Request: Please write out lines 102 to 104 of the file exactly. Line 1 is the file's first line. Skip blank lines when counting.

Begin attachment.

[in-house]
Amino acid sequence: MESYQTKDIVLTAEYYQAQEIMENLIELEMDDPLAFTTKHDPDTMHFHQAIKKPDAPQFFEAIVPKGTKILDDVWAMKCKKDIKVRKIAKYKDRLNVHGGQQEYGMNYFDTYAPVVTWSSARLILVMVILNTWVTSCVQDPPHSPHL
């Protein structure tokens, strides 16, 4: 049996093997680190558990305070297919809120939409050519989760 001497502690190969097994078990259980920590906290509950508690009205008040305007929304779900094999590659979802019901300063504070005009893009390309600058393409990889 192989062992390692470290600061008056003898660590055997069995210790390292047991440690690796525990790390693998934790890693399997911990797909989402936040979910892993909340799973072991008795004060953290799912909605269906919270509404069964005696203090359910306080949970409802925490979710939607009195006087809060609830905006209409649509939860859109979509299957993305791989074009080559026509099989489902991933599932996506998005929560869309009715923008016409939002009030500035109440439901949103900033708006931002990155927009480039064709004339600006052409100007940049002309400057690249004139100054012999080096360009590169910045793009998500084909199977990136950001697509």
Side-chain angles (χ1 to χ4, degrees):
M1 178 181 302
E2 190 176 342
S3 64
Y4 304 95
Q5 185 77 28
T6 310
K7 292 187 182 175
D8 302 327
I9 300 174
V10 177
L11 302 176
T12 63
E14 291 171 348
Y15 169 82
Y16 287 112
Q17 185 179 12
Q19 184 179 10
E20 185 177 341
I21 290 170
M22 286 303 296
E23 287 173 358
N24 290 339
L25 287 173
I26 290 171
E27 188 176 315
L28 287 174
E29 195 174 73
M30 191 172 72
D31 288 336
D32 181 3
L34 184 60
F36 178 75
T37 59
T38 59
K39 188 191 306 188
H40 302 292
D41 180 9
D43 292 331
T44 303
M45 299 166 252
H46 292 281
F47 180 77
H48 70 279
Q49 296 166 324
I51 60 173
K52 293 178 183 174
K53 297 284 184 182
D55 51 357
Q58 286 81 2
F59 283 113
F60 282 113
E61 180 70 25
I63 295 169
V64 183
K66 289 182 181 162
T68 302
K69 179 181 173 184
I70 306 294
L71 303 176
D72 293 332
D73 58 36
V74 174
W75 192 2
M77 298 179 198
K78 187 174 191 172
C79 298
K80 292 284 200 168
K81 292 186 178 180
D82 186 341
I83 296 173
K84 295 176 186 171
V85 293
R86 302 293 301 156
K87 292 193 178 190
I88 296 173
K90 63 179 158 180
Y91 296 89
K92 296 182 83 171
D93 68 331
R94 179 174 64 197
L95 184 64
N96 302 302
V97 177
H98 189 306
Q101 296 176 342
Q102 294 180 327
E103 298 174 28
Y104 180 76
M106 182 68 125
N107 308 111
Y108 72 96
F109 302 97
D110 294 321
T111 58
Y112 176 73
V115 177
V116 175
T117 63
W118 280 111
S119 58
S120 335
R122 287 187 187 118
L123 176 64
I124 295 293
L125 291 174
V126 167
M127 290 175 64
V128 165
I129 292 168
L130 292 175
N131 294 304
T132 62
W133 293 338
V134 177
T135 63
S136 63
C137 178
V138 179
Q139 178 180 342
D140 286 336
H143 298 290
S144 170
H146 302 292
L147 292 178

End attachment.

T117 63
W118 280 111
S119 58